USC News content guidelines

Here you’ll find:

  • guidance for writers/editors from schools and centers who submit material to USC News, followed by
  • guidance for editorial staff who upload stories directly into the USC News system

1. USC News content guidance for all writers/editors/web specialists

Headlines

Go to our headlines page for tips on writing effective headlines.

Subtitle (called a dek in the news business)

This is a phrase that elaborates on your headline to pull someone into the story. It appears directly underneath the headline on your article page and acts as a second headline.

Example: Shows include a tribute to Trojan legend and Olympian Louis Zamperini

Excerpt

This is a phrase or set of phrases/sentences that appear on the USC News homepage (news.usc.edu). They may provide more elaboration than the subtitle does. Or they could be the same as the subtitle.

Example:  This year’s slate of halftime shows includes a tribute to Trojan legend and Olympian Louis Zamperini. It all kicks off Sept. 6.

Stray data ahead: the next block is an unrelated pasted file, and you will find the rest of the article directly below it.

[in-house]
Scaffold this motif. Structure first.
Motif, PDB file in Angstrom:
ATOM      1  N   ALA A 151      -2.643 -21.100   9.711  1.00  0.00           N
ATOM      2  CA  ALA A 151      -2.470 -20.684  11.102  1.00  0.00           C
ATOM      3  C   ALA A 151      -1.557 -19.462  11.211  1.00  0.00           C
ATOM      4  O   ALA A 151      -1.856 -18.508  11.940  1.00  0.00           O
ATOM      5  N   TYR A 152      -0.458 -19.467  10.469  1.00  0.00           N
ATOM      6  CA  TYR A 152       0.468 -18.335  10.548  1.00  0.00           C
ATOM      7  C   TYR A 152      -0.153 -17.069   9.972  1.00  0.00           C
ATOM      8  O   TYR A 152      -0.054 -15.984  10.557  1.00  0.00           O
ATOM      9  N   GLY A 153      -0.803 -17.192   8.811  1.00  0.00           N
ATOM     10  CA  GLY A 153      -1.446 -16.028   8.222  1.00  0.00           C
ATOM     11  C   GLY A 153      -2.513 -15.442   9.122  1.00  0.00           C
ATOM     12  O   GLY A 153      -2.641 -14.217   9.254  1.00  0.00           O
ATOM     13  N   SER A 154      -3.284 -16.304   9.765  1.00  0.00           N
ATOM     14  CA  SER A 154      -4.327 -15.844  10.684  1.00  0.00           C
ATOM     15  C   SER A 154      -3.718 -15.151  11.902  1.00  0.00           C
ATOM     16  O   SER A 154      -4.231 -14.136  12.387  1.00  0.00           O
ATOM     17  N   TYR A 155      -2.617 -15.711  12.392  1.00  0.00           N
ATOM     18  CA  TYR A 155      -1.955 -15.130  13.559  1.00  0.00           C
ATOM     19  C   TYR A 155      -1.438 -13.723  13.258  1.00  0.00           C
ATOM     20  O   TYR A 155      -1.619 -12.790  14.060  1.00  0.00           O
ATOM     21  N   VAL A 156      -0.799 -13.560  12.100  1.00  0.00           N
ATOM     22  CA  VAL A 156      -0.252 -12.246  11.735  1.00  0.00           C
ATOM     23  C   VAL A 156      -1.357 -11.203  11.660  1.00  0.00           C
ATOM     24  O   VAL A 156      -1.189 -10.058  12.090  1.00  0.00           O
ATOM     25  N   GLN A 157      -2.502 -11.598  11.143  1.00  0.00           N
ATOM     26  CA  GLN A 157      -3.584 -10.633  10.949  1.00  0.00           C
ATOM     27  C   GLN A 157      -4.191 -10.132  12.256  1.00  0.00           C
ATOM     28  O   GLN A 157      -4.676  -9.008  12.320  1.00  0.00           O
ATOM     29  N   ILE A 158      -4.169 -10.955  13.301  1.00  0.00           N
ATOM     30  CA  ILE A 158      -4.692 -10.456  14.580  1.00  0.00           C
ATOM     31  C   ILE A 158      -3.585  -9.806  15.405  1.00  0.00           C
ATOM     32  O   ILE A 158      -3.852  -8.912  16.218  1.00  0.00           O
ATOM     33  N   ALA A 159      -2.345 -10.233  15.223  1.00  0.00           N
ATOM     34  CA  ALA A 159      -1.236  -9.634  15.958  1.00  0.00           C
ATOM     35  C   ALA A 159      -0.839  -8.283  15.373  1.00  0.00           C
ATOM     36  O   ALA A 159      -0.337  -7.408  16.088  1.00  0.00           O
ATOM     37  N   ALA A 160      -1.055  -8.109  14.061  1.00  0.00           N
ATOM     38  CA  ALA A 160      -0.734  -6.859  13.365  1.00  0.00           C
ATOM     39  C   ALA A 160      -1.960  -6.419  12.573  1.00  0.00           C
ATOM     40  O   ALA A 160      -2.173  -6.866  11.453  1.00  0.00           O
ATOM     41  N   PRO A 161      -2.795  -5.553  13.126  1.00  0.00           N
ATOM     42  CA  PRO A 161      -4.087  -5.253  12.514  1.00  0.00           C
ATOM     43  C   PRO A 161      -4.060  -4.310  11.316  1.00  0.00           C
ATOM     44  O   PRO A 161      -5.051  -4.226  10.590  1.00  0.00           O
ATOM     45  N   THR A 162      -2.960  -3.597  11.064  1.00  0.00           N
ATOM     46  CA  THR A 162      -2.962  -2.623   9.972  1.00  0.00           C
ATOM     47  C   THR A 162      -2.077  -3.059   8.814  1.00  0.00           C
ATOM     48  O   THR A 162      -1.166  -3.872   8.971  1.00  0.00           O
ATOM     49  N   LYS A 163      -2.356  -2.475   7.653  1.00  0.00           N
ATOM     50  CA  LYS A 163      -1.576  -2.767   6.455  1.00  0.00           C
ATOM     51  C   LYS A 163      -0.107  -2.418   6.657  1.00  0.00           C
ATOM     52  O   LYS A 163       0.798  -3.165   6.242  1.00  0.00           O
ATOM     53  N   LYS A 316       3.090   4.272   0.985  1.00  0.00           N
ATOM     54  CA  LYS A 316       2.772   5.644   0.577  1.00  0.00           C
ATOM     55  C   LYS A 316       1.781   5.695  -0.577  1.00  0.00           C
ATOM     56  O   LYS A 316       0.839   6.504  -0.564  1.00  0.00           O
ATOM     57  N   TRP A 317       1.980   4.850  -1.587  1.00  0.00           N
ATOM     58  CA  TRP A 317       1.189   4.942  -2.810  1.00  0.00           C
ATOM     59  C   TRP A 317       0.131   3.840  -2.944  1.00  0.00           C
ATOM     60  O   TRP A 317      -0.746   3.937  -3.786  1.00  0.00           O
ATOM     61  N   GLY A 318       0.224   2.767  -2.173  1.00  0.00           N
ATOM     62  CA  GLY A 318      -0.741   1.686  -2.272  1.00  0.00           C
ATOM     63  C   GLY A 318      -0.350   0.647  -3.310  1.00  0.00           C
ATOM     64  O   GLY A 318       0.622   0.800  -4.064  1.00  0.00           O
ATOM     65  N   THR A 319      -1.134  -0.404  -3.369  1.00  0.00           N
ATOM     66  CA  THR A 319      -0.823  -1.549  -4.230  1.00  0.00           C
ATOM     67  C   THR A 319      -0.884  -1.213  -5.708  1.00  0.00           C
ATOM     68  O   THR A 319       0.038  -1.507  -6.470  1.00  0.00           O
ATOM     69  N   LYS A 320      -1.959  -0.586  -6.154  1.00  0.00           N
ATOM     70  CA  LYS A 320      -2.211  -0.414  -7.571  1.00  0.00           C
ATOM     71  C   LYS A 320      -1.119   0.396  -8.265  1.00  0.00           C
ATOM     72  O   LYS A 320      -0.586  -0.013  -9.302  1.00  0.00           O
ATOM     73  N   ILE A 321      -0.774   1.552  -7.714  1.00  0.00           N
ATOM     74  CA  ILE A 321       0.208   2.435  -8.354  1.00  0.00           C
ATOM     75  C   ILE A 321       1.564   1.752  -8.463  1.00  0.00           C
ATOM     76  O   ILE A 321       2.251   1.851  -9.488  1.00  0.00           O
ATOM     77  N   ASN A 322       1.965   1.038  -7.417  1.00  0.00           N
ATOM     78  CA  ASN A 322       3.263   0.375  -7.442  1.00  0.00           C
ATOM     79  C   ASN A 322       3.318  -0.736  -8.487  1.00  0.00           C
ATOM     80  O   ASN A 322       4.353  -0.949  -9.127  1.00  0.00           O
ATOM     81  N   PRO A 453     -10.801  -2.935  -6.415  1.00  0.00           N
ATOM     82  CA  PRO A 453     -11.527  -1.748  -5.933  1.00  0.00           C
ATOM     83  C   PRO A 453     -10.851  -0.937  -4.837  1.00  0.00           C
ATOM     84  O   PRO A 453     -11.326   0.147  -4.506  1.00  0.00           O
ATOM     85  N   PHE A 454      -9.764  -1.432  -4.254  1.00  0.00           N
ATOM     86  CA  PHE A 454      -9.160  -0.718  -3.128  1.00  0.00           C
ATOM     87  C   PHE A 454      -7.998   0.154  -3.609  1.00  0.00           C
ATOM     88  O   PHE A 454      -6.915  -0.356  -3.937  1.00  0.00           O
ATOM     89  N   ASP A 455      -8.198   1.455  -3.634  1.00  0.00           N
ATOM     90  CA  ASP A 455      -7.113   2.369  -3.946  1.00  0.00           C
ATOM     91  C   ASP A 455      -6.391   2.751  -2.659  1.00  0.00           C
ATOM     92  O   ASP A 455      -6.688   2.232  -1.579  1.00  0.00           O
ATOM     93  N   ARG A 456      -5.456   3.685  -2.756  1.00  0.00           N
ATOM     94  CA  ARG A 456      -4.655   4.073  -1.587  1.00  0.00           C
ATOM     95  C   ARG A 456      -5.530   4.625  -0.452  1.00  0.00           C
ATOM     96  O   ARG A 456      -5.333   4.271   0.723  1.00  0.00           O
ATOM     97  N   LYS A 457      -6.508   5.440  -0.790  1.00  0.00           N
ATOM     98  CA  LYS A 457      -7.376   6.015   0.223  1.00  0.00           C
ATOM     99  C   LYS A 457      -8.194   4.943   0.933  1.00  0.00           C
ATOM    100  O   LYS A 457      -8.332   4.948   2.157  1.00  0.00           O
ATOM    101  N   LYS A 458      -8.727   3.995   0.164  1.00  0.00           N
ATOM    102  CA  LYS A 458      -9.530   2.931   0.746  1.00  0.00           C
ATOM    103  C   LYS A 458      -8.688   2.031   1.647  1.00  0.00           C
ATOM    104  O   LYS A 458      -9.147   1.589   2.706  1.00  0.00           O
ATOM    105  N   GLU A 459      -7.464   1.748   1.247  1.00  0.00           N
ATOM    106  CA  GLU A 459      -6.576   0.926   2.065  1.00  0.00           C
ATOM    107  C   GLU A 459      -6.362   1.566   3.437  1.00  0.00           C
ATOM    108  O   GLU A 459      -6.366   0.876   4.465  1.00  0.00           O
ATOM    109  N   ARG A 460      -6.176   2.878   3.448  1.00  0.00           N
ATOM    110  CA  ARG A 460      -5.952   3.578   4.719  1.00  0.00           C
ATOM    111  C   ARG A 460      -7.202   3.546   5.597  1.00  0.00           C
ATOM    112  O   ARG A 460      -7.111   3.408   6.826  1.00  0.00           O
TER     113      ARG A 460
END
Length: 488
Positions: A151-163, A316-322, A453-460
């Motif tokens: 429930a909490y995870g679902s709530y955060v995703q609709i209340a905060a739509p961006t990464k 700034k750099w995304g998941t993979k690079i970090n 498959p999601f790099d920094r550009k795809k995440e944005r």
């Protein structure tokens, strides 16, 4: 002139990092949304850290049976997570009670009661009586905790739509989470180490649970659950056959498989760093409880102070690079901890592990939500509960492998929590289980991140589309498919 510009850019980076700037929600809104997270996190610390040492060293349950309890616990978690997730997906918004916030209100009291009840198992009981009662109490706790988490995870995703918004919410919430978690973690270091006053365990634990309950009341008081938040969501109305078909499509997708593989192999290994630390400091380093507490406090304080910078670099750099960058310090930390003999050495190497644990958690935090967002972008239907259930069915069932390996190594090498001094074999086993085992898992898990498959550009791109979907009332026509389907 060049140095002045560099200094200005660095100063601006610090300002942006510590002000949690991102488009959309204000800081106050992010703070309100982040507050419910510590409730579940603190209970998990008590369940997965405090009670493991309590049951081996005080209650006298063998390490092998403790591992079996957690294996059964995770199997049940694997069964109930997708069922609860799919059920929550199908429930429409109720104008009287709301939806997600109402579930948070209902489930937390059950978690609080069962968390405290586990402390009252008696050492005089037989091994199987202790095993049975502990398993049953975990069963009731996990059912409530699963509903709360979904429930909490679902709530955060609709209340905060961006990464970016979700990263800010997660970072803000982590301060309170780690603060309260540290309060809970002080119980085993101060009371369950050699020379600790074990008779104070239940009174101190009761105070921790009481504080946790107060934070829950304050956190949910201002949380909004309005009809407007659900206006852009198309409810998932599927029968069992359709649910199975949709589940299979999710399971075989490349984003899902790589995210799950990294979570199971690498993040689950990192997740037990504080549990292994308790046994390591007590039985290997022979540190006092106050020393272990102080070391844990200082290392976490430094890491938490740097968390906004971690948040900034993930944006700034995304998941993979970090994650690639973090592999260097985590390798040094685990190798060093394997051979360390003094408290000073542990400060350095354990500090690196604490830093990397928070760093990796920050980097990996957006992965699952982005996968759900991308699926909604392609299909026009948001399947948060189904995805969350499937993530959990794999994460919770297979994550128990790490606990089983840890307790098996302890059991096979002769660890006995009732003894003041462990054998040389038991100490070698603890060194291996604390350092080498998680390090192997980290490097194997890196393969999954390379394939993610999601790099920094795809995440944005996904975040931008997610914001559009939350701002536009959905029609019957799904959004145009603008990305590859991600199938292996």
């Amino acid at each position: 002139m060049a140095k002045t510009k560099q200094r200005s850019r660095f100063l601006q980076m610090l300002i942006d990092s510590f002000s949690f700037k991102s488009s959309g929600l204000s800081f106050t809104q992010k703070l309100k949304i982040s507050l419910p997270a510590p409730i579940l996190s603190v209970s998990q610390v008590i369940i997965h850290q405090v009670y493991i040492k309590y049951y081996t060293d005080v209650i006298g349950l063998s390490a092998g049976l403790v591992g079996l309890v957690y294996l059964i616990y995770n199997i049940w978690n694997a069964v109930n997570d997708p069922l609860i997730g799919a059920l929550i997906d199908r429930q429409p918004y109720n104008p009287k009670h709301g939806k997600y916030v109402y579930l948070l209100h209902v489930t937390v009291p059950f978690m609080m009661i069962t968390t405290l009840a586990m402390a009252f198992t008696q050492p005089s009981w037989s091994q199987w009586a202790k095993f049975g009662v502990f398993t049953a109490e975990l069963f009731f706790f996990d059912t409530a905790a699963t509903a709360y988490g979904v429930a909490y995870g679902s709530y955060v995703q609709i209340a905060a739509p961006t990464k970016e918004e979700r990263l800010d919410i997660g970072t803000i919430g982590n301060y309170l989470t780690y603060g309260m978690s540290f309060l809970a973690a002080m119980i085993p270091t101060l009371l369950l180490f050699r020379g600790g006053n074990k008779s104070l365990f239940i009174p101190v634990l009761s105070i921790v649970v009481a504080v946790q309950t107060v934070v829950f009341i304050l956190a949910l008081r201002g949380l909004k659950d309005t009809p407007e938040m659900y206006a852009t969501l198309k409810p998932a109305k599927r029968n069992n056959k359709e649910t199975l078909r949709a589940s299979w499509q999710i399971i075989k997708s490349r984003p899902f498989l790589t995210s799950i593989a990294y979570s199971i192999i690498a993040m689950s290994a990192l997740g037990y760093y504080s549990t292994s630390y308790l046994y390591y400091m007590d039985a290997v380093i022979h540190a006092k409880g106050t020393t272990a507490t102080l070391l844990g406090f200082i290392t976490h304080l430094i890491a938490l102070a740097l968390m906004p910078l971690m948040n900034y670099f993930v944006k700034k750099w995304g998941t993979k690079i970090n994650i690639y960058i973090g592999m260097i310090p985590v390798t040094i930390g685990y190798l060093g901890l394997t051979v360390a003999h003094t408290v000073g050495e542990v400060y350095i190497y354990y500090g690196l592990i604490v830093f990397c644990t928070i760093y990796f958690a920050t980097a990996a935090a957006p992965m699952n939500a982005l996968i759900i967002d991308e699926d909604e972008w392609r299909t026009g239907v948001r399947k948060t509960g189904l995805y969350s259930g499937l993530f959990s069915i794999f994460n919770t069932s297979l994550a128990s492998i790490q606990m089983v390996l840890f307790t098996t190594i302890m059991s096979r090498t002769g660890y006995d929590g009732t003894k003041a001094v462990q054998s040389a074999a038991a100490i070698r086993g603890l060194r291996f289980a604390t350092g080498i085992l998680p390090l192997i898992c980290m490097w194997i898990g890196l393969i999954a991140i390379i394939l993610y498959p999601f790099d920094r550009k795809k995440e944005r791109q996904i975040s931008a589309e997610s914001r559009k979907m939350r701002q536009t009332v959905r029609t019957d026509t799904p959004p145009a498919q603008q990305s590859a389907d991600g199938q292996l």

Body copy

Subheads

Break up your copy into chunks of 3-5 paragraphs by using subheads. These help keep the reader engaged and provide visual variety.

Here it an example: Subhead example

Hyperlinks

Be sure to include a variety of links to other pages in the story. These could be bios of the researchers involved, websites of granting agencies, external news stories or any other rich links that could provide detail for our reader.

Images

Go to our Images page.

2. USC News guidance only for editorial staff who upload stories to USC News

Signing in

Go to our USC News WordPress site here and sign in using your USC username. If your email is smith@usc.edu, your username is smith.

To add a new story, either

  • select Posts from the lefthand menu and then select Add New, or
  • select + New and then select Post from the options at the very top of your screen

Headlines

Go to our headlines page for tips on writing effective headlines.